Prolapse is a common issue post partum that is not talked about enough. The definition of prolapse is “a protrustion of bladder, uterus and/or rectum into the vaginal wall”. This commonly occurs during pregnancy, labor or with chronic constipation. Common symptoms are a feeling of pressure or falling out in pelvic floor, sexual discomfort and/or incontinence. These symptoms typically get worse in the afternoon or evening time and feel better in the morning.
The first thing you should know about prolpase is that it happens at varying degrees and being aware of your degree of prolapse is /the first step! Yes, prolapse can get so bad that the protrusion into the vaginal wall extends outside of your vaginal opening, BUT just because this isn’t happening to you doesn’t mean you don’t have prolapse. There are things you can do NOW to prevent your prolapse from getting worse and to limit your symptoms.
I frequently have patients coming for incontinence, pain or weakness and during the initial assessment I find they have a prolapse and no one has told them. That’s great they are in my office to learn what to avoid and how to “treat” their prolapse, but what about all the others who aren’t getting to a pelvic PT? They are being told its okay to resume normal activity and even worse RUN, not knowing they could be making their prolapse worse!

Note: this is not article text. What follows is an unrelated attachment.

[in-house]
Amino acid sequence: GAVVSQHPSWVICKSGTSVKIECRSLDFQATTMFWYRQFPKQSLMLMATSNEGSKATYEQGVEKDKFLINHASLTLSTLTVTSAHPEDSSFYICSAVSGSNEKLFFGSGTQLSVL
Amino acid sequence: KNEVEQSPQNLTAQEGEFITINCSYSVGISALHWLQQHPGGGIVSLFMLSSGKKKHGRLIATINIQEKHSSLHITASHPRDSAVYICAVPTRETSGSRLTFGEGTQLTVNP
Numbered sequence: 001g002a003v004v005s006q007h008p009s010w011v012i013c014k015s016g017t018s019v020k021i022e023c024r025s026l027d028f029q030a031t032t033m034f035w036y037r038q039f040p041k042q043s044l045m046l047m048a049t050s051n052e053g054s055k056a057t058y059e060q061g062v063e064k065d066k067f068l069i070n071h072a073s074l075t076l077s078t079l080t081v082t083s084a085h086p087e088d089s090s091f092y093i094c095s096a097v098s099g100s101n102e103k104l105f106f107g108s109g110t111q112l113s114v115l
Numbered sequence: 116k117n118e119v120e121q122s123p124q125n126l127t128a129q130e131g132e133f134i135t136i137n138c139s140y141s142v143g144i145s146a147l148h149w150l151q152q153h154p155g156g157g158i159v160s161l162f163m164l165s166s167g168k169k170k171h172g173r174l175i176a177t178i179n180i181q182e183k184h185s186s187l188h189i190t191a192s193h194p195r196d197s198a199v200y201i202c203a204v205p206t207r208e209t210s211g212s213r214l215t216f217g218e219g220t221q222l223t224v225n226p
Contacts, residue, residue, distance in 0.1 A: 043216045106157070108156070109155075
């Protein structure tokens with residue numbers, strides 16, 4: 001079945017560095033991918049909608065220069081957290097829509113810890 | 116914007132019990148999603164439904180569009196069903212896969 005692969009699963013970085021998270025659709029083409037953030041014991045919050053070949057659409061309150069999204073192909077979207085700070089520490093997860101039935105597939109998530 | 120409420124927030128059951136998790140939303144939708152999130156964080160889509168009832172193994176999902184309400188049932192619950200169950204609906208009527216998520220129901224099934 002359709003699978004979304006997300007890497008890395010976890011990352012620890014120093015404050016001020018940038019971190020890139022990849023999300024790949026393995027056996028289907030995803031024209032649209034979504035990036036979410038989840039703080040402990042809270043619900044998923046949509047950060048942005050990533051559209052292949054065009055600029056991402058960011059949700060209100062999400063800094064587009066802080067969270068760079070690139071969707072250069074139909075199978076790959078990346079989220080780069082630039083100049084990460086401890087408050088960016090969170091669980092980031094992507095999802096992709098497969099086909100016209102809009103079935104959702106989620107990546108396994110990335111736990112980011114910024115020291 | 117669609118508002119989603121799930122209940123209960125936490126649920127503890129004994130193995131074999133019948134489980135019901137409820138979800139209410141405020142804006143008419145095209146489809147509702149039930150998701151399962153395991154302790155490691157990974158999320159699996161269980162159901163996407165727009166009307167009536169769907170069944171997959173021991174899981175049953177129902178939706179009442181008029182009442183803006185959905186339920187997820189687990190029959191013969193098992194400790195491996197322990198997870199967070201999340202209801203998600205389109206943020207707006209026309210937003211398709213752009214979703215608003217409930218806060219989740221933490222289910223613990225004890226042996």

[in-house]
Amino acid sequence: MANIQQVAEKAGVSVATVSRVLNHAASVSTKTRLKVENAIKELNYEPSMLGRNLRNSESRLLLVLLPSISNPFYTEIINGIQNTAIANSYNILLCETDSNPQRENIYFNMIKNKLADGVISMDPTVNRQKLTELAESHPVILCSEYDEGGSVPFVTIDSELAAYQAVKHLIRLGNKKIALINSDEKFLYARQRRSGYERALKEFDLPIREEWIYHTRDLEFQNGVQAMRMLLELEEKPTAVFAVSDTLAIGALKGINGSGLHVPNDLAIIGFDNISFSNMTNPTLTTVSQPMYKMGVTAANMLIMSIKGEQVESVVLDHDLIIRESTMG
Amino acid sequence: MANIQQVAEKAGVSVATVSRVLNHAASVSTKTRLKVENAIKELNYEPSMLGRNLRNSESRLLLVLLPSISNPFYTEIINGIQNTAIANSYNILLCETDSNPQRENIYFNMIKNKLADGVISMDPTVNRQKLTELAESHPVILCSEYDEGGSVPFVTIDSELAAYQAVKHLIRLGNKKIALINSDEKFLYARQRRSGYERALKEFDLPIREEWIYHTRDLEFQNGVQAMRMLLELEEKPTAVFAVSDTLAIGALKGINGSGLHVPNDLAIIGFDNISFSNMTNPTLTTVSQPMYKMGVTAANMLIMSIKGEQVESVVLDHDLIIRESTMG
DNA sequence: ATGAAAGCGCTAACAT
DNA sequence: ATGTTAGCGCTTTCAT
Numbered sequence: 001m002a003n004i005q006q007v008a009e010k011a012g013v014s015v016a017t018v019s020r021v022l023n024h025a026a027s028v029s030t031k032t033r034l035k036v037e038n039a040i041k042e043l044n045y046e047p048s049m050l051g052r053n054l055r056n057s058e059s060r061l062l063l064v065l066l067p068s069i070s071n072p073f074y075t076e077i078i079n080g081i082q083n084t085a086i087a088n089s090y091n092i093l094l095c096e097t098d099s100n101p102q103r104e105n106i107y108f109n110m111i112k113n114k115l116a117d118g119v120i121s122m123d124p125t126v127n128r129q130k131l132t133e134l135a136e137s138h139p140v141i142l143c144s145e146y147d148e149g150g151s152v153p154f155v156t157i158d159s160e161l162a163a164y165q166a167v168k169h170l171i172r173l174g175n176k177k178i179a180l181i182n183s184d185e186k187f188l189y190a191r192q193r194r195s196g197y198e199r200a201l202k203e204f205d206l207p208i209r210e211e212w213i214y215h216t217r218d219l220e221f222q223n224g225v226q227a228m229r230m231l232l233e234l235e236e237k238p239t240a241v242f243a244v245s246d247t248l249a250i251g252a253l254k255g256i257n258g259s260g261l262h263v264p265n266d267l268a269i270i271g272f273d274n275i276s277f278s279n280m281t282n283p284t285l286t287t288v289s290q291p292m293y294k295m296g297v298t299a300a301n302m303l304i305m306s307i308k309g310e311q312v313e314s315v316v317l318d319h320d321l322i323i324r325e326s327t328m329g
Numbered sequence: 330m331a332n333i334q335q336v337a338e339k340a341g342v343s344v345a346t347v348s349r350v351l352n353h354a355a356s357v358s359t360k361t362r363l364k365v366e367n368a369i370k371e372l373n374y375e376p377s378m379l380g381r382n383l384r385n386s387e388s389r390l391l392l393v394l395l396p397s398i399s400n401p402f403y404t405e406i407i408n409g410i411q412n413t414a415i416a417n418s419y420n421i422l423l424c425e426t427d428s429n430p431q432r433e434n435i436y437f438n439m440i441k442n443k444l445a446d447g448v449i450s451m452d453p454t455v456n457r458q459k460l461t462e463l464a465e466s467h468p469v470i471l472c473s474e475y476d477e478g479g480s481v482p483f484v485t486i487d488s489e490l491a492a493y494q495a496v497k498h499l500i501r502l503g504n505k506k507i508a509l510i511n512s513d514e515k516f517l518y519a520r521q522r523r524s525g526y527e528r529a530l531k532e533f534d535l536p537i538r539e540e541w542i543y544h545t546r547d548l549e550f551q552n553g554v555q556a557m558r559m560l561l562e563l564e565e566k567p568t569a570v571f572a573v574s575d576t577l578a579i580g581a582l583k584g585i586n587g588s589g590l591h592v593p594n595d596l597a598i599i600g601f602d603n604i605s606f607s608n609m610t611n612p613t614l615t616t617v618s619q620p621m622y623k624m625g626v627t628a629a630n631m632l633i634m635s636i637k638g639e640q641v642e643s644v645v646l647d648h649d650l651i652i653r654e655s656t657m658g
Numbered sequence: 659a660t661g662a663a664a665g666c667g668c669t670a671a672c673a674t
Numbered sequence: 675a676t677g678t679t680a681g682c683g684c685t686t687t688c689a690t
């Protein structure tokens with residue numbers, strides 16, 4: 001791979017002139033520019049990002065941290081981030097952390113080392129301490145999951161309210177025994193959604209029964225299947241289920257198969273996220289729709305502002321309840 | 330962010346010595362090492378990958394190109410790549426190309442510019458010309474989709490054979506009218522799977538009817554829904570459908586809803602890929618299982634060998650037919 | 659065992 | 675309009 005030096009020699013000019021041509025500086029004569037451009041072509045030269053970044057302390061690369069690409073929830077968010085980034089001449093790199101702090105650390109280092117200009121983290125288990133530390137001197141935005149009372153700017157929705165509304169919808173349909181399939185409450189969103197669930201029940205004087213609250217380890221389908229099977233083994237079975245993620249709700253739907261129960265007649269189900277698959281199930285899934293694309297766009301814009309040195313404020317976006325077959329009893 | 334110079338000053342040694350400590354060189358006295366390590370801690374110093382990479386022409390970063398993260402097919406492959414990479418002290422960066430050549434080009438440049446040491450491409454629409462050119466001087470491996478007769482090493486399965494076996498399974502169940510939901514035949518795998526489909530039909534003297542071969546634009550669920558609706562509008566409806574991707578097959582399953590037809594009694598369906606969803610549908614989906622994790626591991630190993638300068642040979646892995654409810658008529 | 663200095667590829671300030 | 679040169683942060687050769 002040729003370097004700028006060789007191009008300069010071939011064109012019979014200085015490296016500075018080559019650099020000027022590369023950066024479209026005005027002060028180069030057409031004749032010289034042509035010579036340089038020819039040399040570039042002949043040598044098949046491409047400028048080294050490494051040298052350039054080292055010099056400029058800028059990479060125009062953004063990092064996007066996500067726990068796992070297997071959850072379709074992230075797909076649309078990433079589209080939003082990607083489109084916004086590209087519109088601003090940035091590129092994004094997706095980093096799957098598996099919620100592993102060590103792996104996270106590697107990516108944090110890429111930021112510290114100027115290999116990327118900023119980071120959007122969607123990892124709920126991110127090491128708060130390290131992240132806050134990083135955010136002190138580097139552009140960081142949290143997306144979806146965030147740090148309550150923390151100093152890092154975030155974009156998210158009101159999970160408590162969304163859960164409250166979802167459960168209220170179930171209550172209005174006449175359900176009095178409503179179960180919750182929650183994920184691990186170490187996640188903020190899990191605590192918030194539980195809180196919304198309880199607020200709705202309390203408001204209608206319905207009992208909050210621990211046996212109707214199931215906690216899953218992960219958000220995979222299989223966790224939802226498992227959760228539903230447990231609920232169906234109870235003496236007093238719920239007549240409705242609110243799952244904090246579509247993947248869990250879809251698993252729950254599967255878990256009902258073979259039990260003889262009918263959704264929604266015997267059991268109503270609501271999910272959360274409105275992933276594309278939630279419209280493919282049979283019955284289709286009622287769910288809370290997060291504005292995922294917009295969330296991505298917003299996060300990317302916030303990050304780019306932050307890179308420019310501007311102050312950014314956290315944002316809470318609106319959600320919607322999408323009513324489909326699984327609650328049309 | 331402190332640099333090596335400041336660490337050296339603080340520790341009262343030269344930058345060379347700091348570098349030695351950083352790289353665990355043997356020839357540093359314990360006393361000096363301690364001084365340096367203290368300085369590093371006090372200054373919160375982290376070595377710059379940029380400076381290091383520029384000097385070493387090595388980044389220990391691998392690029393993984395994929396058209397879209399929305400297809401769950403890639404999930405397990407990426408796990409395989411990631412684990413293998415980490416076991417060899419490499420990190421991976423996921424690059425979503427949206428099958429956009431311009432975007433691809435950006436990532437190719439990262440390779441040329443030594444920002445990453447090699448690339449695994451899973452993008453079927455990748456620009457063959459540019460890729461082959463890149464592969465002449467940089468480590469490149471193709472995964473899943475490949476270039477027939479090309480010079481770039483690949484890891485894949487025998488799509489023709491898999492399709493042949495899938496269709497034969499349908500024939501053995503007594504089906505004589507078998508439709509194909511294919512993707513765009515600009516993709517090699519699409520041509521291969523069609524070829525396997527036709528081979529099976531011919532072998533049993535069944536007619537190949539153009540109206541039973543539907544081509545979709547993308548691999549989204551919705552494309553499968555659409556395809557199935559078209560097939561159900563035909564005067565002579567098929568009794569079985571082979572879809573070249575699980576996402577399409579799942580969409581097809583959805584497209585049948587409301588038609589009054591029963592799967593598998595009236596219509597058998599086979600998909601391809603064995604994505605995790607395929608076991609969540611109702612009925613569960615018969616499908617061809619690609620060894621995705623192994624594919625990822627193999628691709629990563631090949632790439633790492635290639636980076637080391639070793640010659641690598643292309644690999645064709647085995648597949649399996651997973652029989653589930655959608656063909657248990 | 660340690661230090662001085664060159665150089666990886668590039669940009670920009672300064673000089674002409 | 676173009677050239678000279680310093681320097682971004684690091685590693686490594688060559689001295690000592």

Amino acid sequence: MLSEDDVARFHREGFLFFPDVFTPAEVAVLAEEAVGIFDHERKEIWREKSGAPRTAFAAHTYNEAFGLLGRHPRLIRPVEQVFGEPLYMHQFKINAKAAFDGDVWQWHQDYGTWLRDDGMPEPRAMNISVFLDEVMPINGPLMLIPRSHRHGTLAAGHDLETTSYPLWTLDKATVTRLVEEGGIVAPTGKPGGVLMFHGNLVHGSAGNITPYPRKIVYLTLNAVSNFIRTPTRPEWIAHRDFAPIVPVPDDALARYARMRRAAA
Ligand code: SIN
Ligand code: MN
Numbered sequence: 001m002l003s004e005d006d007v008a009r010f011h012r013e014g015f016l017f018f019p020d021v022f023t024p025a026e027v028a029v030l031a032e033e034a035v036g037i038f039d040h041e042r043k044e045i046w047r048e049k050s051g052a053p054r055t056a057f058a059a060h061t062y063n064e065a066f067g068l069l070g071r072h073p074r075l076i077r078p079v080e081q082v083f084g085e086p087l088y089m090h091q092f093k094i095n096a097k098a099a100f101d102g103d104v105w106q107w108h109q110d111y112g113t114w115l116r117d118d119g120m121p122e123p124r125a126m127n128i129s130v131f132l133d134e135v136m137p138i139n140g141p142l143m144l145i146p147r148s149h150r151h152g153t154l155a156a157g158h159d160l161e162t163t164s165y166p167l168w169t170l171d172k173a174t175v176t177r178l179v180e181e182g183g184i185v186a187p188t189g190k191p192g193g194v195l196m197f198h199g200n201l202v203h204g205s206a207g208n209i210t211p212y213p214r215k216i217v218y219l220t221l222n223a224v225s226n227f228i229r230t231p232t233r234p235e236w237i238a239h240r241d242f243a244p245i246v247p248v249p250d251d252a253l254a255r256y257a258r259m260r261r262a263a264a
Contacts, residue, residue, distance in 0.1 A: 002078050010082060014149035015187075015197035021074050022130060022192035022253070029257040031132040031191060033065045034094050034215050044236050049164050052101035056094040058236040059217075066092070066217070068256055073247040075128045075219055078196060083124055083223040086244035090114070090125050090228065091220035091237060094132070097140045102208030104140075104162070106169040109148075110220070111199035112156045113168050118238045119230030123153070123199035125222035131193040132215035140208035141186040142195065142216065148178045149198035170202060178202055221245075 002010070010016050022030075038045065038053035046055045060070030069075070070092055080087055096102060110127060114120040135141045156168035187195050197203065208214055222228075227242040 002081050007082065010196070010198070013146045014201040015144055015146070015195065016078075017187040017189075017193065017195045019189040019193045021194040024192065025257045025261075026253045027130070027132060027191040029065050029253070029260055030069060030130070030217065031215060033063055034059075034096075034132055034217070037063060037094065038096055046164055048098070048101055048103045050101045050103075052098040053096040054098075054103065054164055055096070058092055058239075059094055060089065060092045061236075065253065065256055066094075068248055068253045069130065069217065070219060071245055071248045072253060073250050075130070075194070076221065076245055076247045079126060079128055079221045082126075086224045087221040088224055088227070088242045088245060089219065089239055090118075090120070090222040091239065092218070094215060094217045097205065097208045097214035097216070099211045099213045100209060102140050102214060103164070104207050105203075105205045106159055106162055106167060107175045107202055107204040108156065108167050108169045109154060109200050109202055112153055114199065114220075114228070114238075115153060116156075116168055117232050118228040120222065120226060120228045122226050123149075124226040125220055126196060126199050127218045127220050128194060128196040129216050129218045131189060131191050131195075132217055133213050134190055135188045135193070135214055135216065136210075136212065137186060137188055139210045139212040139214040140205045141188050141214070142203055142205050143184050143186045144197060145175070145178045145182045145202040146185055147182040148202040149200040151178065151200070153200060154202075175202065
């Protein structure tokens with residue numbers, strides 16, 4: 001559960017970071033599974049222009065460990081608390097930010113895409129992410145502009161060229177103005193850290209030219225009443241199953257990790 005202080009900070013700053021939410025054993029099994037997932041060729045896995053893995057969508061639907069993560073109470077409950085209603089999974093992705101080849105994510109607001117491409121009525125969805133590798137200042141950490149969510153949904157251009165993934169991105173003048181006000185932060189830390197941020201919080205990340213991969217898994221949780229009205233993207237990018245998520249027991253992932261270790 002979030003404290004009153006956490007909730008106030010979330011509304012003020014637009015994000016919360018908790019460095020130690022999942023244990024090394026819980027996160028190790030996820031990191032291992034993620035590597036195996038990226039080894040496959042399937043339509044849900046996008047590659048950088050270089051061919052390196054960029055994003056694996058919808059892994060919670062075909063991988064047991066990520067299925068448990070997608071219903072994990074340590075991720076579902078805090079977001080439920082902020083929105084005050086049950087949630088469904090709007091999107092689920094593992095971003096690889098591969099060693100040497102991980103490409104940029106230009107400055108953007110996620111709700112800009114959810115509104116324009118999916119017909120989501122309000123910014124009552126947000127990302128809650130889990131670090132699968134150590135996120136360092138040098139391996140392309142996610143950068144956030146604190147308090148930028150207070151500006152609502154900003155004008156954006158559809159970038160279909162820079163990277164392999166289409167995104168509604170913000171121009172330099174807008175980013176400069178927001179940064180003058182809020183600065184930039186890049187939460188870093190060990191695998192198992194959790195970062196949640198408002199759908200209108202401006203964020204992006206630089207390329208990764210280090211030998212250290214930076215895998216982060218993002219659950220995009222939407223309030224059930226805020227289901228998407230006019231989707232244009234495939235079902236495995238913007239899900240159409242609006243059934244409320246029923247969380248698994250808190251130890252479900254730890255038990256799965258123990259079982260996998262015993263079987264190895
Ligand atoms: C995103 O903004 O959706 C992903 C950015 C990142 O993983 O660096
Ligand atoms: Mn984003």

Here is what I tell my patients:
- Your pelvic floor is under the force of gravity when standing and sitting; you need to lie down (even better on an inversion wedge) to give your pelvic floor a break.
- In the first 3 months post partum I recommend doing this every couple hours or as soon as you feel “pressure” symptoms returning.
- Remember if you are baby wearing then this will increase the pressure on your pelvic floor which can worsen prolapse; this includes carrying an older sibling too! So be even more mindful of “pressure” symptoms and lie down when needed. I found this much more difficult after my 2nd was born because all of my “down time” from the baby I spent with my 2 year old. Bottom line- make sure you are listening to your body and taking care of yourself!
- Kegels are great for strengthening your pelvic floor and vaginal wall which will give more support to your prolapse. Do 80-100 kegels a day and even better do them lying down or on an inversion wedge. If you still have prolapse symptoms on a daily basis then do not run or do any impact sports; this will likely worsen your prolapse.
- Keep focusing on kegels and inversion! If you get to 6 months post partum and are still having symptoms see a specialist to discuss a pessary. A pessary can help your symptoms and allow you to return to exercise such as running.
- Do not strain on the toilet!
Candice Amat, PT, DPT